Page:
It’s already near the end of the year! Where did the time go? In an objective sense, of course, we can answer that question, but when we’re so busy it seems as though we missed observing its passage.
At the school we’re preparing ourselves to bid farewell to some of our students, and I know that many parents ask themselves, “How will my child adjust to a traditional school environment?” The answer is: they’ll be fine. Since the school opened almost 1,200 children have successfully passed through our classrooms to classrooms with rows of desks, and that number is multiplied many times over by the passage of children from another 5,000 Montessori schools around the country.
Yes, they will be moving from an environment where they have enjoyed with enthusiasm the subjects that interest them. And in their new environment (with the exception of one or two children transitioning to other Montessori programs) they will study what the teacher tells them (perhaps at the direction of a school board or state legislature), when the teacher tells them to study it, and for as long as the teacher directs. I’ve painted a pretty bleak picture, of course, because I am convinced (confirm by research I’m more than happy to share with you) that the Montessori approach to education fits perfectly with human development, and traditional education does not.
So how are our soon-to-be former students prepared for that world? Better than many people might imagine. Montessori children carry with them important traits that will enable them to adapt well to it. First, they are as academically prepared as a child at any age can be. Because each child works at his or her own best pace they learn at a rapid rate, and no one ever hears, “Sorry, you’re too young to learn this,” or “We don’t study that until year-after-next.” They tend, therefore, to leave their Montessori world at an impressively advanced place in all academic disciplines.
Second, they are confident in their abilities. By allowing children to work at their own pace (so the end of each effort is success), the Montessori Method builds the confidence that is essential to academic success. They have not been graded according to an arbitrary A-F system that—think about it—requires some children to fail. Because assessment is subjective, students don’t often compare themselves to their peers and they have much less developed feelings of superiority or inadequacy.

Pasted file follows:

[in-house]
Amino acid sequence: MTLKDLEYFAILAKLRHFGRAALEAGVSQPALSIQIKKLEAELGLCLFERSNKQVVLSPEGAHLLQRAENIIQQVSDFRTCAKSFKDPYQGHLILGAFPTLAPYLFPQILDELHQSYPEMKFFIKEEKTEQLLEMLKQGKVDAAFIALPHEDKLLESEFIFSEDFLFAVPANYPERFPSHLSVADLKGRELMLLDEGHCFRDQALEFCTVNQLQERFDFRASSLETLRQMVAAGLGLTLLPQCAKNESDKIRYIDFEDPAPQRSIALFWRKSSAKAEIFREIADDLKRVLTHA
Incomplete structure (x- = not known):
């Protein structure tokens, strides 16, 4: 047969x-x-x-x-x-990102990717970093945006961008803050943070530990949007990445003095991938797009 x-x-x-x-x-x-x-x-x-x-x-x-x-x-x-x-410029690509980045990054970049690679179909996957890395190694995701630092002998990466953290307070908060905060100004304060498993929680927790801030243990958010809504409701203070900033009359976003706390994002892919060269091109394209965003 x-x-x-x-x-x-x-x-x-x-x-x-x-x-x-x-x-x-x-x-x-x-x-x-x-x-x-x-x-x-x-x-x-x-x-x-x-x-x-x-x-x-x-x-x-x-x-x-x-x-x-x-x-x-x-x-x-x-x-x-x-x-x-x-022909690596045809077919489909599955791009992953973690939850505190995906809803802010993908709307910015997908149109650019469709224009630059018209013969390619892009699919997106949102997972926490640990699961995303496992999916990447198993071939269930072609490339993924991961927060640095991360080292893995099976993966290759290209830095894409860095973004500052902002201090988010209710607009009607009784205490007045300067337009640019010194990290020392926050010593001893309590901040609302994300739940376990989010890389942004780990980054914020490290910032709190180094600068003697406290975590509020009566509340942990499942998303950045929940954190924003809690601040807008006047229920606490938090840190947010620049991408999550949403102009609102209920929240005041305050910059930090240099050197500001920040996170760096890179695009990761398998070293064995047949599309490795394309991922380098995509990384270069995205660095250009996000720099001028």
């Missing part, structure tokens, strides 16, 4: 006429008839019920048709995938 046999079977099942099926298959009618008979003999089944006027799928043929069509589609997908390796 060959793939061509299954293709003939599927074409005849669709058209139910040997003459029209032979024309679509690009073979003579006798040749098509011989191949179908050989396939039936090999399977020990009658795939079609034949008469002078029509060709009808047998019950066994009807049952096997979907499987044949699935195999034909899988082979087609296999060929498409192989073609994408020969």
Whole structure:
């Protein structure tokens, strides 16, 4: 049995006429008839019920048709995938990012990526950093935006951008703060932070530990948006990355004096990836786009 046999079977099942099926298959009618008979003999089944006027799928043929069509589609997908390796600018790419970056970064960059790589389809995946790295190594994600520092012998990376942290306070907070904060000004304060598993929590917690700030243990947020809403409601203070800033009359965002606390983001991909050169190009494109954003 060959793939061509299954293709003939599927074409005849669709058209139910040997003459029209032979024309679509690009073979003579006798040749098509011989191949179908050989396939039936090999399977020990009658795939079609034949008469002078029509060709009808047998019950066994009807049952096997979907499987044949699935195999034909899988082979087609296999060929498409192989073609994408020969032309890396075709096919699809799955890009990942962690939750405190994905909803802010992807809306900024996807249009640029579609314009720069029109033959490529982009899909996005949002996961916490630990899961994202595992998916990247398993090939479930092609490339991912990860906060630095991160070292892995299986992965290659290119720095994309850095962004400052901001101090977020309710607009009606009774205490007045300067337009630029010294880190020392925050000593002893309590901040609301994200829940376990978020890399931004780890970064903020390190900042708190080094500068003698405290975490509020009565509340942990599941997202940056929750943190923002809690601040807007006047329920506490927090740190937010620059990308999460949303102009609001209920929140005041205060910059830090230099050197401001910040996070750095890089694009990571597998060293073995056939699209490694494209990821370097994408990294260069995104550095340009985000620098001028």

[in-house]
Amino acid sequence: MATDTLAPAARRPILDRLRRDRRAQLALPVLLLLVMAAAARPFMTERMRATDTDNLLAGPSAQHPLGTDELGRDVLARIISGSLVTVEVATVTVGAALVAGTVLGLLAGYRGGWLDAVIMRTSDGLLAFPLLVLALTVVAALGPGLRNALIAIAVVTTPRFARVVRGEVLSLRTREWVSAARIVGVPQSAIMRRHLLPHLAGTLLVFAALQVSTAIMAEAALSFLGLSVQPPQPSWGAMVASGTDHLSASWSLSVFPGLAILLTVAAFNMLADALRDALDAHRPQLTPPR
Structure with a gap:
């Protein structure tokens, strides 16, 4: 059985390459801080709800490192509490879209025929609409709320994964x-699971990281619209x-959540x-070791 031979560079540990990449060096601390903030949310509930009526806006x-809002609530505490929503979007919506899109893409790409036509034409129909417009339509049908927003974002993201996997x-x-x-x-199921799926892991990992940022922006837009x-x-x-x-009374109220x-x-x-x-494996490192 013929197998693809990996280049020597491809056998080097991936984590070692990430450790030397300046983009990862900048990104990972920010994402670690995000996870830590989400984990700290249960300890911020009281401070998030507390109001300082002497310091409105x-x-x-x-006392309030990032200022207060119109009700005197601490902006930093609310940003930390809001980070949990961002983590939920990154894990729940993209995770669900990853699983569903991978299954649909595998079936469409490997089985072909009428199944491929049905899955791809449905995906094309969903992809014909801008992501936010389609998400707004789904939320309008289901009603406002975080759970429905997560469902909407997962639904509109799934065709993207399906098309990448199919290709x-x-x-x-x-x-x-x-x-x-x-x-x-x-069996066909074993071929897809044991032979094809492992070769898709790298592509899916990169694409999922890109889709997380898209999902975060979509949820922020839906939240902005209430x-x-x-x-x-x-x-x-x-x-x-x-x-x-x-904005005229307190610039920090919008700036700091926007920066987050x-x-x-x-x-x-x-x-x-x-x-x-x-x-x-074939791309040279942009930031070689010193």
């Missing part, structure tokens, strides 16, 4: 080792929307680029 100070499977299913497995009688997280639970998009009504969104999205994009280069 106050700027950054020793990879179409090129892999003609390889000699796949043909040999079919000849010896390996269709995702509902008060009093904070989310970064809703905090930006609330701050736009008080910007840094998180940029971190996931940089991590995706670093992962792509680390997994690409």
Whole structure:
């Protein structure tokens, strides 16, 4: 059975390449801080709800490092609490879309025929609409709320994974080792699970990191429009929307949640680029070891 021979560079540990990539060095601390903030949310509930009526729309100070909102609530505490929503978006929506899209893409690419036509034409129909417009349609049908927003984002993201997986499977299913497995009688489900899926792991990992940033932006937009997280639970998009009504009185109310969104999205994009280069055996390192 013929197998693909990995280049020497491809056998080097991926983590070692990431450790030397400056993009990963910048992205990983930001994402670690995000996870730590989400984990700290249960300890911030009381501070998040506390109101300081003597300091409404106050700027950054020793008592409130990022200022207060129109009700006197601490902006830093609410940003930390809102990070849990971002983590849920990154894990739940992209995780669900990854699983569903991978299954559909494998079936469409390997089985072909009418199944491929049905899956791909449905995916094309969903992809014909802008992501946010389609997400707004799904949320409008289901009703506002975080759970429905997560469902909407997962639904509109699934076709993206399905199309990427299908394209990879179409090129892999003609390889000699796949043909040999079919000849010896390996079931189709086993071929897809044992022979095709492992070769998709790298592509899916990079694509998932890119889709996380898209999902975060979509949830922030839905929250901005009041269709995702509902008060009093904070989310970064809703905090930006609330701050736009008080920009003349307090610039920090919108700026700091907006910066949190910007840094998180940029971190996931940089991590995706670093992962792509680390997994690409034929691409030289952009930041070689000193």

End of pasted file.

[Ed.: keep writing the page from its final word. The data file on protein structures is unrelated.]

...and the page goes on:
Third, because they have guided their own academic way, they tend to be internally motivated. Montessori children have assumed responsibility for their education. They won’t announce it that way; it is an internal assumption they have made about the nature of life.
Fourth, because we have not diverted their attention from academic subjects they enjoy to those they do not enjoy, we run almost no risk of ending the thirst for knowledge they all show the day they begin to ask their parents questions. Like the shark that constantly swims in search of food, Montessori children have embraced the underlying assumption that their function is to seek knowledge and understanding. They are far less likely than traditionally educated children to be bored.
So what will they do when they arrive in a traditional classroom? To answer, I am reminded of the report a former parent came to the office to tell me. That fall we had sent three students to Camden Middle School. One day, the social studies teacher put his hands on his hips and in frustration asked the class, “Why is it that, whenever I ask a question, only the kids that came from Montessori raise their hands?” I was struck by this: isn’t it telling that he even knew which of his students came from Montessori? Also, anyone who understands Montessori and hears this story smiles knowingly: of course Montessori children would raise their hands. Nothing is boring; it is fun to learn.
I admit that not every child will manifest the symptoms I have described her in the same degree. Variations are a function of the number of years a child has been exposed to Montessori, the degree to which their parents express joy in learning, and the academic environment in which they find themselves after Montessori. But they all bear the mark of a Montessori Child. So we bid a sad farewell to the children leaving our school with full confidence that they will continue to mature into confident, self-motivated, respectful, and responsible adults, at least in part due to the gift of a Montessori education.